bloodnation1.jpgbloodnation4.jpgPlatinum Studios has announced Blood Nation, one of the company’s newest titles, will be released simultaneously in print and online.

“With today’s ever more sophisticated audience, we have only a short window to grab their attention,” said Jim McLauchlin, editor-in-chief of Platinum Studios Comics in a prepared statement. “We have to be everywhere they are and that means both in print, where the audience is shrinking, and online, where the audience is growing.”

Blood Nation looks to be a fairly interesting mini-series with a different take on vampires. According to the company, a group of bodies is discovered in Siberia, and when brought back to life, it is discovered they carry a strain of the vampire desease. My guess is, over the next four issues, all hell is going to break loose.

You can read the first issue today at and

via Platinum Studios


About Author

Stephen Schleicher began his career writing for the Digital Media Online community of sites, including Digital Producer and Creative Mac covering all aspects of the digital content creation industry. He then moved on to consumer technology, and began the Coolness Roundup podcast. A writing fool, Stephen has freelanced for Sci-Fi Channel's Technology Blog, and Gizmodo. Still longing for the good ol' days, Stephen launched Major Spoilers in July 2006, because he is a glutton for punishment. You can follow him on Twitter @MajorSpoilers and tell him your darkest secrets...

1 Comment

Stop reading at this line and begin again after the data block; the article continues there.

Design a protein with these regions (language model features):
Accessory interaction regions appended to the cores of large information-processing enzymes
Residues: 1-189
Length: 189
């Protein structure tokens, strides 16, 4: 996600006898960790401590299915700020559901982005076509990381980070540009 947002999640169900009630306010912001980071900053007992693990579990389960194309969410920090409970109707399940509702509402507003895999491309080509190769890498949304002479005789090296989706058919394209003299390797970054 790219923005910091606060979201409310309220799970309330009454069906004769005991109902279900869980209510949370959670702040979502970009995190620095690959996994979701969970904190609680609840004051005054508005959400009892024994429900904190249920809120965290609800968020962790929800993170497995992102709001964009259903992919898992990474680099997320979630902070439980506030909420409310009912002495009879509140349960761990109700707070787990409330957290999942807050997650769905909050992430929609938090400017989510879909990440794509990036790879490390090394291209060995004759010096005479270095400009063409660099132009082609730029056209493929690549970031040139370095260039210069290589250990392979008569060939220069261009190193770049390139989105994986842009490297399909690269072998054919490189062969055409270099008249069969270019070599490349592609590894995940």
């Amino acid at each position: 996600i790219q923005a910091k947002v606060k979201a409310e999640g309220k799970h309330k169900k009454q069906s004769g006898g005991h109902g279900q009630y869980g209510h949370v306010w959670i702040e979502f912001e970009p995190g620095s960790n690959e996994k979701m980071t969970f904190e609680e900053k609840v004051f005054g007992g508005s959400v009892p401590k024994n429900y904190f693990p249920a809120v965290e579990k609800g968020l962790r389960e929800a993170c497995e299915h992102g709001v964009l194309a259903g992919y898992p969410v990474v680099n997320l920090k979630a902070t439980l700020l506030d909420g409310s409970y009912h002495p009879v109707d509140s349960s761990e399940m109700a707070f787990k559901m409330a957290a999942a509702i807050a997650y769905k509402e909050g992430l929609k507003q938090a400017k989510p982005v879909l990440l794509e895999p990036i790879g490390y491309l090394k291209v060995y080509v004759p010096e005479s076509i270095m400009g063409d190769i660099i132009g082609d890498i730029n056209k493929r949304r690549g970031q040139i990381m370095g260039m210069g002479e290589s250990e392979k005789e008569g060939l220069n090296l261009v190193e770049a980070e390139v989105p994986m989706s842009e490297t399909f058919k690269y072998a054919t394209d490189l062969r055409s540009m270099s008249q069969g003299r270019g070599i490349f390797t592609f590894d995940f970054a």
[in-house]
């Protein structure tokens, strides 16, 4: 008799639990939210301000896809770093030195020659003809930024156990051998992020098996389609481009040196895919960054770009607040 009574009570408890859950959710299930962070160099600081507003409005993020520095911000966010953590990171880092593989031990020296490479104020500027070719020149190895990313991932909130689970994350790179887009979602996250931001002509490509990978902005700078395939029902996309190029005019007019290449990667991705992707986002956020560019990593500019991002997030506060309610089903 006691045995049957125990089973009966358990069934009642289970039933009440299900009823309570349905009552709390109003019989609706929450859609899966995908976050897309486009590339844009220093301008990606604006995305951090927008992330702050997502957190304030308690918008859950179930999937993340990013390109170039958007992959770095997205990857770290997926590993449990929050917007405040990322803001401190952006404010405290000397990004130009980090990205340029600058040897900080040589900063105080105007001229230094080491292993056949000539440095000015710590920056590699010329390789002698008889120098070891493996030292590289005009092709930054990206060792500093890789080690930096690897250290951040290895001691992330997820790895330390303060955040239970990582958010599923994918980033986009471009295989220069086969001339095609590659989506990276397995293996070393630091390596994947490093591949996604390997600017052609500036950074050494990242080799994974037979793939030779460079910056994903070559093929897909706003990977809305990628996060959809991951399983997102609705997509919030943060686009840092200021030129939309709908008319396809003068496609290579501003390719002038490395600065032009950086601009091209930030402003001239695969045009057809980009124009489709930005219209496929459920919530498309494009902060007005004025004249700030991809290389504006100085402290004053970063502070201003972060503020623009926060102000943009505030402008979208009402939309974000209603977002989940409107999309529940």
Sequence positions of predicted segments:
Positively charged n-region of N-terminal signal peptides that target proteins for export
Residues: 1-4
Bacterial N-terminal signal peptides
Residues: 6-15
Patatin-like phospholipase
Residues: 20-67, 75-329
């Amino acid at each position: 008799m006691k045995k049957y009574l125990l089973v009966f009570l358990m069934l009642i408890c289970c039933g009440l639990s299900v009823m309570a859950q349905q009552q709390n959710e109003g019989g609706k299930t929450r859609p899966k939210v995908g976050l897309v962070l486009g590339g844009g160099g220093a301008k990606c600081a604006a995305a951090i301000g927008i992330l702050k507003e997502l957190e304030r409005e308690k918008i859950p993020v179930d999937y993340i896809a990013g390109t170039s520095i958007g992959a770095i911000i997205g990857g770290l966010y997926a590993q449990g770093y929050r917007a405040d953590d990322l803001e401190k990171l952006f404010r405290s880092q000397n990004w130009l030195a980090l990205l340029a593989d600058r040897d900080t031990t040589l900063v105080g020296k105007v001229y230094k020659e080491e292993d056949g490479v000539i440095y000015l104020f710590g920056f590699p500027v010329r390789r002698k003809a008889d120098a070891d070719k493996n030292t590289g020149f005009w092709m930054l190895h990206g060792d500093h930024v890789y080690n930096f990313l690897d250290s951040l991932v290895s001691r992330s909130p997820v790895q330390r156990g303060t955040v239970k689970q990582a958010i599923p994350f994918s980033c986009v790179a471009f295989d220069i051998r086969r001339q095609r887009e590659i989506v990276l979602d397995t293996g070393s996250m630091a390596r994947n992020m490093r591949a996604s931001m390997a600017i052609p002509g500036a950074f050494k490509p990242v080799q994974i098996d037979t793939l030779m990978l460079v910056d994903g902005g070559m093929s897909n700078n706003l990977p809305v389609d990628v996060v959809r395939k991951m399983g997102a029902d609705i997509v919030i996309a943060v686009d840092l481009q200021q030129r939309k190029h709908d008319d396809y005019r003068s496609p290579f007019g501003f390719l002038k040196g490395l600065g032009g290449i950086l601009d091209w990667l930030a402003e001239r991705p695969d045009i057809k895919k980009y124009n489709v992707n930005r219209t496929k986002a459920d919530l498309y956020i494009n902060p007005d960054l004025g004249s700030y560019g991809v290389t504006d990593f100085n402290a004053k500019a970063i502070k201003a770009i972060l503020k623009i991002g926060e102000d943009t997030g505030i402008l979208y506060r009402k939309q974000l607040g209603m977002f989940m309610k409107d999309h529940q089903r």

1. Just read the first two issues… Interesting concept with decent art, but the writing could use a great deal of work. The whole comic is filled with bad cliches and what is the deal with the two leading Americans being blonde-haired, blue-eyed comic-book stereotypes? You’d think this was written during the cold war. But the two things that bug me most about this are 1. the very lame representation of how the vampire virus works (tentacles, etc.) and the very cheesy jokes slipped in to every other panel. And the lack of consistancy in artistic style doesn’t help either. One minute it looks like a shot straight out of a saturday morning cartoon, the next, it’s a grungy sketch-art rip-off of Frank Miller. All of the art’s decent, for a comic that you can read for free online, but it needs to hold to one style for at least a page or two. Changing artistic styles in a comic only works if you do it for dramatic reasons (and really, only in a comedy comic), not for random panels.

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